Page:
Often, to expedite justice or fairness (so that the common purpose can be better pursued), societies (be they fraternities, cults, families, businesses, etc.) will set up a process or processes to resolve these differences through the judgment of an authority. However, in order to ensure that justice and fairness will be done in the society, the authority making the judgment will need some compulsory power in case (1) one of the persons involved refuses to participate, or (2) people involved refuse to comply to the judgment. In fraternities and business, for example, an authority might have someone fired for not participating or complying.

I clearly argue the ligitimacy of private arbitration, but I also point out obvious weaknesses in private arbitration, weaknesses you have not addressed and weaknesses that make it reasonable to establish a civil authority in a society with coersive powers to brimg matters to judgment and see judgments exucuted.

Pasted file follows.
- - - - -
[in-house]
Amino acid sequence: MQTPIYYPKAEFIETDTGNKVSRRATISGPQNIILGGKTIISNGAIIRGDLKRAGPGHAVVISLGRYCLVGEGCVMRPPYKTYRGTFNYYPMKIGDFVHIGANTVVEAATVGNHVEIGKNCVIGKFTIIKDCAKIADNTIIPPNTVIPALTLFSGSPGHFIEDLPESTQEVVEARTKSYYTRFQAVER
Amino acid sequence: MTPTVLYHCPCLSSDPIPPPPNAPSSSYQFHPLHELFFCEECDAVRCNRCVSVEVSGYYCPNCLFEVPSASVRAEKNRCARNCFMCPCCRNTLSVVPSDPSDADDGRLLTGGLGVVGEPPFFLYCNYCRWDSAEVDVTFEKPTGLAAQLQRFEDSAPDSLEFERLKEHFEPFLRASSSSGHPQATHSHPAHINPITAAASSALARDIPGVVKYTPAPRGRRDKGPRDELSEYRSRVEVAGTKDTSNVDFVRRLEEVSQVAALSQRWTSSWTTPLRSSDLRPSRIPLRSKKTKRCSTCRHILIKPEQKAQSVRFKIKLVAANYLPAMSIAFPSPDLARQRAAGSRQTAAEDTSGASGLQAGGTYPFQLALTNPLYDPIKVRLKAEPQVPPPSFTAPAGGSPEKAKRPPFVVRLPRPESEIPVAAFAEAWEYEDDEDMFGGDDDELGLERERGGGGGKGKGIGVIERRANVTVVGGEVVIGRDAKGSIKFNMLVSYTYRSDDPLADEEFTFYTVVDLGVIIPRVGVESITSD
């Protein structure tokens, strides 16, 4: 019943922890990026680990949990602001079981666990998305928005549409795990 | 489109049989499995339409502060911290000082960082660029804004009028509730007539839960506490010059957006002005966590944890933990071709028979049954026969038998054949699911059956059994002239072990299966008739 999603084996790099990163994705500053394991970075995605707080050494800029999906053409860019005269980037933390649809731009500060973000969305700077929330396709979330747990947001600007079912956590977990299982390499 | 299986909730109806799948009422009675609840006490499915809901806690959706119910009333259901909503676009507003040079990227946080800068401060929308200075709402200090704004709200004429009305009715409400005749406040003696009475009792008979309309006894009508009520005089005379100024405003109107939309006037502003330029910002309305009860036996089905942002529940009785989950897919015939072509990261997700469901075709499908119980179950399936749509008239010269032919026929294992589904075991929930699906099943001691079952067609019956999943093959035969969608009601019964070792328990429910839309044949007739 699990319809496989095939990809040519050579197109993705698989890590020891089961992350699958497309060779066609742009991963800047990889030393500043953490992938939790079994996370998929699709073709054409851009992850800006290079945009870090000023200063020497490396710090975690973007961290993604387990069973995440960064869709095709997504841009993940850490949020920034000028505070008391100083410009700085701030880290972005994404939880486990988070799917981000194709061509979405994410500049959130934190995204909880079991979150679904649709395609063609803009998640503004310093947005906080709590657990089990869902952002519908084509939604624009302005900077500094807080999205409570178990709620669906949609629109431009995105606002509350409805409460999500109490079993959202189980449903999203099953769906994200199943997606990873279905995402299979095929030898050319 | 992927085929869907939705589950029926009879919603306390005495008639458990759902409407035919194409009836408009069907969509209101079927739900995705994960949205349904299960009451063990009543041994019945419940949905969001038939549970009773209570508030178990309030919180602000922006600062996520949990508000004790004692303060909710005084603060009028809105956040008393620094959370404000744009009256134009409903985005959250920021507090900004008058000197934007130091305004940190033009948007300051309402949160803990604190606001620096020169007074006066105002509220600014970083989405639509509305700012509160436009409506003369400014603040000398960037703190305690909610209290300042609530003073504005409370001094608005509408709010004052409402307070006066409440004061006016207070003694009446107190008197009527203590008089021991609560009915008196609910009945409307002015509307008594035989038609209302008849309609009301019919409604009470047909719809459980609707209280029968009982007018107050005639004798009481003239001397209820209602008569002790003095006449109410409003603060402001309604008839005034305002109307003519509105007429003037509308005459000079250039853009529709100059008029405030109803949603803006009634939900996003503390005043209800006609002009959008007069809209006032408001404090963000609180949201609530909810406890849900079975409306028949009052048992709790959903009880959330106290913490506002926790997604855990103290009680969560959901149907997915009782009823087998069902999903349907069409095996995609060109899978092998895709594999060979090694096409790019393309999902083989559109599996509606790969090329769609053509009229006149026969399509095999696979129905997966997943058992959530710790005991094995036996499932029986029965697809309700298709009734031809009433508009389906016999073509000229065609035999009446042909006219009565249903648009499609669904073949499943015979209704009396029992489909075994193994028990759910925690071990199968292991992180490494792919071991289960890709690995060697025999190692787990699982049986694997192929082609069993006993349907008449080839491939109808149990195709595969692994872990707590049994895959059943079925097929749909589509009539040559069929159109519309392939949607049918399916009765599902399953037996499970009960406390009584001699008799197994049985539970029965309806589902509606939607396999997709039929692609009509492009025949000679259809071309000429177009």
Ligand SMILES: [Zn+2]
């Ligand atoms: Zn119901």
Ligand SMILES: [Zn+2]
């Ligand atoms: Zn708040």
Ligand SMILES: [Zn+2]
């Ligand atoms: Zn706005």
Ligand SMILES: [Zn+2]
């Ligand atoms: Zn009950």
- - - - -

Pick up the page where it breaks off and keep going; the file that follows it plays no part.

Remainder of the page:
Now, you wrote: Found an excellent article that shows there is no contradiction between anarchy and Scripture.

I haven't looked at it, but I am not arguing that anarchy is against the Bible.

In this section I am arguing your position that 1 Sam 8 "Says as much" as "taxation, 'eminent domain' property seizures, and conscription are immoral means and ends of...governments."

It doesn't. Samuel says such and such will happen if they establish a King. He implies that these are things the Isrealites should not want. He implies that establishing a King would create a society worse than the one they alreacy had.